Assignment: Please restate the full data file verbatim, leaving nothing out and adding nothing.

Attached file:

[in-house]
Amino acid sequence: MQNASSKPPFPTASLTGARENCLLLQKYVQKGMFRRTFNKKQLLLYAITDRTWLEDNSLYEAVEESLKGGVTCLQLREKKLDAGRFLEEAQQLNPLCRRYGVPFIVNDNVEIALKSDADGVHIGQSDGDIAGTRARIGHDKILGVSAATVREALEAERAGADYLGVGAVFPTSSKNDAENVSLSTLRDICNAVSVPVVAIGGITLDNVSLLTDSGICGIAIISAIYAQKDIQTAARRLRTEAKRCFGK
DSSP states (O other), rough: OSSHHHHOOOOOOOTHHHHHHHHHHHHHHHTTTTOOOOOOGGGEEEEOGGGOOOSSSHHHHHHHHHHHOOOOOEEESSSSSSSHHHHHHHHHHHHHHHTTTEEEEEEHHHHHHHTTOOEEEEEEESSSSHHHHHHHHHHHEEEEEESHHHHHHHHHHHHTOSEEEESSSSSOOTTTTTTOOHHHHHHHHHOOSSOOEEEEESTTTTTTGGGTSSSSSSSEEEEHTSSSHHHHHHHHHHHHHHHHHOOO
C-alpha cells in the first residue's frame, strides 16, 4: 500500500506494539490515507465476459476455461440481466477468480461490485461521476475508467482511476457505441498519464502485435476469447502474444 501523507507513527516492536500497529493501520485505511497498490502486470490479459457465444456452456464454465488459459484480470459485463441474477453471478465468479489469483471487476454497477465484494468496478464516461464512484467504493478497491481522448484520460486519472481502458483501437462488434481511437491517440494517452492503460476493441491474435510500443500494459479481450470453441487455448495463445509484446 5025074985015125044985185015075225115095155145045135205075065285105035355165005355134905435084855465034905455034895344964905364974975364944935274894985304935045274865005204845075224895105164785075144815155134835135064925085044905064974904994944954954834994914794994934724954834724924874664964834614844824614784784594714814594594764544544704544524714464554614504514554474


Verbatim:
[in-house]
Amino acid sequence: MQNASSKPPFPTASLTGARENCLLLQKYVQKGMFRRTFNKKQLLLYAITDRTWLEDNSLYEAVEESLKGGVTCLQLREKKLDAGRFLEEAQQLNPLCRRYGVPFIVNDNVEIALKSDADGVHIGQSDGDIAGTRARIGHDKILGVSAATVREALEAERAGADYLGVGAVFPTSSKNDAENVSLSTLRDICNAVSVPVVAIGGITLDNVSLLTDSGICGIAIISAIYAQKDIQTAARRLRTEAKRCFGK
DSSP states (O other), rough: OSSHHHHOOOOOOOTHHHHHHHHHHHHHHHTTTTOOOOOOGGGEEEEOGGGOOOSSSHHHHHHHHHHHOOOOOEEESSSSSSSHHHHHHHHHHHHHHHTTTEEEEEEHHHHHHHTTOOEEEEEEESSSSHHHHHHHHHHHEEEEEESHHHHHHHHHHHHTOSEEEESSSSSOOTTTTTTOOHHHHHHHHHOOSSOOEEEEESTTTTTTGGGTSSSSSSSEEEEHTSSSHHHHHHHHHHHHHHHHHOOO
C-alpha cells in the first residue's frame, strides 16, 4: 500500500506494539490515507465476459476455461440481466477468480461490485461521476475508467482511476457505441498519464502485435476469447502474444 501523507507513527516492536500497529493501520485505511497498490502486470490479459457465444456452456464454465488459459484480470459485463441474477453471478465468479489469483471487476454497477465484494468496478464516461464512484467504493478497491481522448484520460486519472481502458483501437462488434481511437491517440494517452492503460476493441491474435510500443500494459479481450470453441487455448495463445509484446 5025074985015125044985185015075225115095155145045135205075065285105035355165005355134905435084855465034905455034895344964905364974975364944935274894985304935045274865005204845075224895105164785075144815155134835135064925085044905064974904994944954954834994914794994934724954834724924874664964834614844824614784784594714814594594764544544704544524714464554614504514554474